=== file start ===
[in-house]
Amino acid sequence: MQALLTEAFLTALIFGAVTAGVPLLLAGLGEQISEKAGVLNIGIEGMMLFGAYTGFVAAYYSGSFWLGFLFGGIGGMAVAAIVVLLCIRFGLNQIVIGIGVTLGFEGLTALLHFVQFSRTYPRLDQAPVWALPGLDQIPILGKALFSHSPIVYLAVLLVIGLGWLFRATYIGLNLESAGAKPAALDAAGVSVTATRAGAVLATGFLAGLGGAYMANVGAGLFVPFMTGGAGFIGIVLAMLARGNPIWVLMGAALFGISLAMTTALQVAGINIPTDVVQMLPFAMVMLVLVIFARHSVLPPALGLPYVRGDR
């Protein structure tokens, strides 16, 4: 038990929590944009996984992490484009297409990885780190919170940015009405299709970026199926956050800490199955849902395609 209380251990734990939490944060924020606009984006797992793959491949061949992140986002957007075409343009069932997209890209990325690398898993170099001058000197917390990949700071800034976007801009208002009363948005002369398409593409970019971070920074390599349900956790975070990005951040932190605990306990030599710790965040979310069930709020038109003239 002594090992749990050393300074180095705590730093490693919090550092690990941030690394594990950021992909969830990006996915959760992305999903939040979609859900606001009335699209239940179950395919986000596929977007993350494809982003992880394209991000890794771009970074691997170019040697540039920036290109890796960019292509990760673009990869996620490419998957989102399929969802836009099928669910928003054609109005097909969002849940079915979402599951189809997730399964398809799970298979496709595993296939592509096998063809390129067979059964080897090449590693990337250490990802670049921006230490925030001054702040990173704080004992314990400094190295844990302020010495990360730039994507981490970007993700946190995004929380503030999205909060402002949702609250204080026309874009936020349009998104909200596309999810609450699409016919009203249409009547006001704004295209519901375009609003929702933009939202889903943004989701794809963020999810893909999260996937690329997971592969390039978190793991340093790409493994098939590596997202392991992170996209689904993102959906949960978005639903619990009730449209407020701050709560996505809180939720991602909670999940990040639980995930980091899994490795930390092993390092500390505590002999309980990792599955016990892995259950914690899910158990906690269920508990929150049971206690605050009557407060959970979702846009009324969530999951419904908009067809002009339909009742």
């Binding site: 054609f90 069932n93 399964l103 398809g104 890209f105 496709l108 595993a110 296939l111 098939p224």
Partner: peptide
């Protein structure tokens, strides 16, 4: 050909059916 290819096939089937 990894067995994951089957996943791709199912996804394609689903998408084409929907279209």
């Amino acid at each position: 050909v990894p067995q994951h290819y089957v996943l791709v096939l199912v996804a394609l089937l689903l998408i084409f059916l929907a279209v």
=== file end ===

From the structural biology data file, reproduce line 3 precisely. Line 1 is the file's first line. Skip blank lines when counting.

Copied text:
């Protein structure tokens, strides 16, 4: 038990929590944009996984992490484009297409990885780190919170940015009405299709970026199926956050800490199955849902395609 209380251990734990939490944060924020606009984006797992793959491949061949992140986002957007075409343009069932997209890209990325690398898993170099001058000197917390990949700071800034976007801009208002009363948005002369398409593409970019971070920074390599349900956790975070990005951040932190605990306990030599710790965040979310069930709020038109003239 002594090992749990050393300074180095705590730093490693919090550092690990941030690394594990950021992909969830990006996915959760992305999903939040979609859900606001009335699209239940179950395919986000596929977007993350494809982003992880394209991000890794771009970074691997170019040697540039920036290109890796960019292509990760673009990869996620490419998957989102399929969802836009099928669910928003054609109005097909969002849940079915979402599951189809997730399964398809799970298979496709595993296939592509096998063809390129067979059964080897090449590693990337250490990802670049921006230490925030001054702040990173704080004992314990400094190295844990302020010495990360730039994507981490970007993700946190995004929380503030999205909060402002949702609250204080026309874009936020349009998104909200596309999810609450699409016919009203249409009547006001704004295209519901375009609003929702933009939202889903943004989701794809963020999810893909999260996937690329997971592969390039978190793991340093790409493994098939590596997202392991992170996209689904993102959906949960978005639903619990009730449209407020701050709560996505809180939720991602909670999940990040639980995930980091899994490795930390092993390092500390505590002999309980990792599955016990892995259950914690899910158990906690269920508990929150049971206690605050009557407060959970979702846009009324969530999951419904908009067809002009339909009742």